REVEALED: Banking playboy Matthew Mellon, 53, died in his Mexico hotel room hours BEFORE checking into his drug rehab clinic

Mail Online | 4/19/2018 | Sean O\
KimmyPoo (Posted by) Level 3
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Troubled banking heir Matthew Mellon, 53, died in a Cancun hotel room the same day he was due to check into a nearby drug rehabilitation facility, the center's medical director has revealed.

In a tweet posted on Tuesday, April 18th, Dr Alberto Solas from Clear Sky Recovery wrote: 'Matthew Mellon was scheduled to check-in on April 16th. We learned that he had died at his hotel on the 16th, prior to his check-in.

Representative - Mellon - Statement - New - York

A representative for Mellon issued a statement to the New York Post immediately after news of his death broke on the 16th and said: 'Billionaire Matthew Mellon, 53, died suddenly in Cancun, Mexico, where he was attending a drug rehabilitation facility'.

This statement was amended with no explanation on April 18th to say that Mellon died in Cancun 'where he was planning to check into a rehab facility for follow-up treatment'.

Circumstances - Mellon - Hotel - Death

The circumstances of Mellon's hotel death are not yet clear.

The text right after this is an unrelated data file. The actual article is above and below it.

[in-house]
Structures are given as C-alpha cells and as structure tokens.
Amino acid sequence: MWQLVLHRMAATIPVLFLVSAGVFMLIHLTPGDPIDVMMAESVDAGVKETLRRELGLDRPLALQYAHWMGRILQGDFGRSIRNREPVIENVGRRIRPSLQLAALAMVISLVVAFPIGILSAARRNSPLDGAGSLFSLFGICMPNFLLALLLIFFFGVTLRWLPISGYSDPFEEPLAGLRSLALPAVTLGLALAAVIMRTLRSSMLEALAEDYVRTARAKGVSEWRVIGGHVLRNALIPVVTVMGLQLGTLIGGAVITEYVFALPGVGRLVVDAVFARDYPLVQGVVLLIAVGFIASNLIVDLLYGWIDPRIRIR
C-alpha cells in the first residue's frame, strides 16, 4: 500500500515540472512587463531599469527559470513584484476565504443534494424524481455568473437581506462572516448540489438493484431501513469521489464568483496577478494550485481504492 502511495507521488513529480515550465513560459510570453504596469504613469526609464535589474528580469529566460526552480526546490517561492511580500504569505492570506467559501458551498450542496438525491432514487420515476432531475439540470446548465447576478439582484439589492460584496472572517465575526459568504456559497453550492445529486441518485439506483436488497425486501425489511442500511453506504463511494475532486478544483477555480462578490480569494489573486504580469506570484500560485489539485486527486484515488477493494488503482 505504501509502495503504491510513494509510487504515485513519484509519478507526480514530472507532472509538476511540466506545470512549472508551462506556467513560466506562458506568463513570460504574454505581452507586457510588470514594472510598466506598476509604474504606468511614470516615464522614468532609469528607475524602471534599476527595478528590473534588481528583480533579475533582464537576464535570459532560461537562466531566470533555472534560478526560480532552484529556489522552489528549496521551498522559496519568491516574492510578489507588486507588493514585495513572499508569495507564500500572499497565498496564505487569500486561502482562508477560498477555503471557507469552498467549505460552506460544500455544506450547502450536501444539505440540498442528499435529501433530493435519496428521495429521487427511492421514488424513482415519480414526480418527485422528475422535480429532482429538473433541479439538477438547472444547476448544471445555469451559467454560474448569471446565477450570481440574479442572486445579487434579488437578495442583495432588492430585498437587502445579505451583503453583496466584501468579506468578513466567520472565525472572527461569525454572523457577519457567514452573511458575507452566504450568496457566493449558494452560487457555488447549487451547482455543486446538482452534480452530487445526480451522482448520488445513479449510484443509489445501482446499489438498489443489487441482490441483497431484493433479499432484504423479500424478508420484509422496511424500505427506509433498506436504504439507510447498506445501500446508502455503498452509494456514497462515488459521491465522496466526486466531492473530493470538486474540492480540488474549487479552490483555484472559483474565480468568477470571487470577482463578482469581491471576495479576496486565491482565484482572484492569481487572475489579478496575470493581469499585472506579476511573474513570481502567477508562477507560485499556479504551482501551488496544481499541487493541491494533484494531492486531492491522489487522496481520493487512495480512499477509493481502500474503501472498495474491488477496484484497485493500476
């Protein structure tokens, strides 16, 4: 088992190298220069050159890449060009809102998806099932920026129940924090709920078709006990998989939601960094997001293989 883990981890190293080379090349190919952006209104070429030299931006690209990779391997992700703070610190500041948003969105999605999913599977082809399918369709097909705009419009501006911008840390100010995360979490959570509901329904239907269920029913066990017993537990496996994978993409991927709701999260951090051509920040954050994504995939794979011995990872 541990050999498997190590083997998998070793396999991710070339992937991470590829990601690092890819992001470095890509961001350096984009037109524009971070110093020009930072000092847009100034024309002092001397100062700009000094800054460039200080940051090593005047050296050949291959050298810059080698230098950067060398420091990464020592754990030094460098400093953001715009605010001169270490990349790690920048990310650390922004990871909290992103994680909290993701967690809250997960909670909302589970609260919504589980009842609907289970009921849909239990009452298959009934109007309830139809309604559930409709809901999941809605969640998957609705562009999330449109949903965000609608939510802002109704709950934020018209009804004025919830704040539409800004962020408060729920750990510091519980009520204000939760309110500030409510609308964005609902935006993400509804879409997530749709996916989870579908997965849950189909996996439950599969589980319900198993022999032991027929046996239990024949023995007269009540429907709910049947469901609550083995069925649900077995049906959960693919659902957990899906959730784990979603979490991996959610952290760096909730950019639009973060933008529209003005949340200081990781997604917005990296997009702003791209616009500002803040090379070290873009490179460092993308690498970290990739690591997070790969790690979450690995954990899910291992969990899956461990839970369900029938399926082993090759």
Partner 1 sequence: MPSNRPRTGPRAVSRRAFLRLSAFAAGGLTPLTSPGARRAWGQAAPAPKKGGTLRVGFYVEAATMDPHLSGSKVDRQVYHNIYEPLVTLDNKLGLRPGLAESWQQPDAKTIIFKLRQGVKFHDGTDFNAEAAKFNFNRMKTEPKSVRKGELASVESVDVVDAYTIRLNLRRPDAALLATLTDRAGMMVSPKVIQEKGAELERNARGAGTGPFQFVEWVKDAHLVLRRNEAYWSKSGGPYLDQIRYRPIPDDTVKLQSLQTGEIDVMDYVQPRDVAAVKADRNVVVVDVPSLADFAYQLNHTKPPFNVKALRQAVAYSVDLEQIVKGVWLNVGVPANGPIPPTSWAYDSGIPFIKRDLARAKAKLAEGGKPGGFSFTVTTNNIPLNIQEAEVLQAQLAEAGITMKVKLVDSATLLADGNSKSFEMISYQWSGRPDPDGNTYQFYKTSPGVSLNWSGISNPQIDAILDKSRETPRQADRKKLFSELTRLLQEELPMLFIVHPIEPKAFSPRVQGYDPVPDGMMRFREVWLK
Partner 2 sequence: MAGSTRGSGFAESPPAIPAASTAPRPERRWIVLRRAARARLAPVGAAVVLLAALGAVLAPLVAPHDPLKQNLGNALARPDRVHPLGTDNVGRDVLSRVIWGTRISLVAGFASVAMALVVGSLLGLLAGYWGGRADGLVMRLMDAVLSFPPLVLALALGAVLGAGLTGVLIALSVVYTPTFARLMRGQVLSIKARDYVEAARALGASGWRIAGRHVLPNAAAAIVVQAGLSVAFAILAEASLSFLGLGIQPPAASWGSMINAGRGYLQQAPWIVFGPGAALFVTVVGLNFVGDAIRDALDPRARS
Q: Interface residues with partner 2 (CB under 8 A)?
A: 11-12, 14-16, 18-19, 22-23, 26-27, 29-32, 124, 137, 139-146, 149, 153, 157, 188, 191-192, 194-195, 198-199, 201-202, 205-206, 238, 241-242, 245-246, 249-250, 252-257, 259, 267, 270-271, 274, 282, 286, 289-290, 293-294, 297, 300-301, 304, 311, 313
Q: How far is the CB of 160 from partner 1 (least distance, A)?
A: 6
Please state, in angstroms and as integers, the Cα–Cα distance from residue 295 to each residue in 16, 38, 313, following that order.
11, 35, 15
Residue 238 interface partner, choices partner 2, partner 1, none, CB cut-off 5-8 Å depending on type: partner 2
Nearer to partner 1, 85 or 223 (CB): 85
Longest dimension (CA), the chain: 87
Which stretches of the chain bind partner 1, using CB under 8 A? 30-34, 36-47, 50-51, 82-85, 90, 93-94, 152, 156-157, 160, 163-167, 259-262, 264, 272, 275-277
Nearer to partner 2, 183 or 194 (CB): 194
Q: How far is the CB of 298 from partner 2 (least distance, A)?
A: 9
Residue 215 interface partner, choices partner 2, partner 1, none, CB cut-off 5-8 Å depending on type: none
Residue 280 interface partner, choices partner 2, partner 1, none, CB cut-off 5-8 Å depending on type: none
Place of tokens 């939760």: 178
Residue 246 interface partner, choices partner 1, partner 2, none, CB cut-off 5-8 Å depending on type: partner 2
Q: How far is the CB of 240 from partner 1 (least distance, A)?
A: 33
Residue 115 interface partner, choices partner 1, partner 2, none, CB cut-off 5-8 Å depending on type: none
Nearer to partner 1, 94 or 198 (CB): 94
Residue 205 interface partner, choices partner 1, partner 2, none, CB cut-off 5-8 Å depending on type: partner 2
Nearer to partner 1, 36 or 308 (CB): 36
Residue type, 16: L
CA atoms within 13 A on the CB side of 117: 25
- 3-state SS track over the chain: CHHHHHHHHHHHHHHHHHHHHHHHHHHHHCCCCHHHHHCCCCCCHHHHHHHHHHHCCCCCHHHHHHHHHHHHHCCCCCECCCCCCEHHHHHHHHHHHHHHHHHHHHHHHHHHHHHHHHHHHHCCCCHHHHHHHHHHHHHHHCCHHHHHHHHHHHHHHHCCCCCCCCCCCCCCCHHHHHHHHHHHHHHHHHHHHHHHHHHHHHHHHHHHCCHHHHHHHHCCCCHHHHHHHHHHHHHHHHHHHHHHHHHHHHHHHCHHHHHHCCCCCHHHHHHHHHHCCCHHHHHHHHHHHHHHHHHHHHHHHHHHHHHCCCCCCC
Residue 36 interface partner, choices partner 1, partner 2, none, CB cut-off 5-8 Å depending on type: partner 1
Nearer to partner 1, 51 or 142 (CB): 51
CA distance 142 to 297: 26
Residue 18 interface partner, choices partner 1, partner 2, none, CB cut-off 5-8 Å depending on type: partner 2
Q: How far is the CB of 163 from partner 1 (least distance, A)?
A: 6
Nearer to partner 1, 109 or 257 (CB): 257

Mellon, who had been battling an OxyContin addiction and once spent $100,000 a month on the drug, was 88 days sober when he took his private jet to the Cancun center for 'maintenance'.

Facility - Specializes - Drug - Addiction - Treatment

The facility where he was due to check-in specializes in drug addiction treatment using Ibogain, a psychedelic plant-based drug which is not approved for any medical uses in the United States.

On Clear Sky Recovery's website it says: 'Ibogaine provides a gentle, painless, and very rapid detox from opioids such a heroin, methadone, OxyContin, Suboxone & Subutex; stimulants like cocaine, crack and methamphetamine, as well as alcohol and many other addictive drugs.

Drug - Treatments - Receptors - Brain - Brain

'Ibogaine works differently than other drug treatments, it resets receptors in the brain and normalizes brain function. Ibogaine’s metabolite noribogaine decreases or eliminates cravings and removes the overwhelming compulsion to use drugs of abuse, for approximately 2-4 months following ibogaine treatment.

'Patients who are physically...
(Excerpt) Read more at: Mail Online
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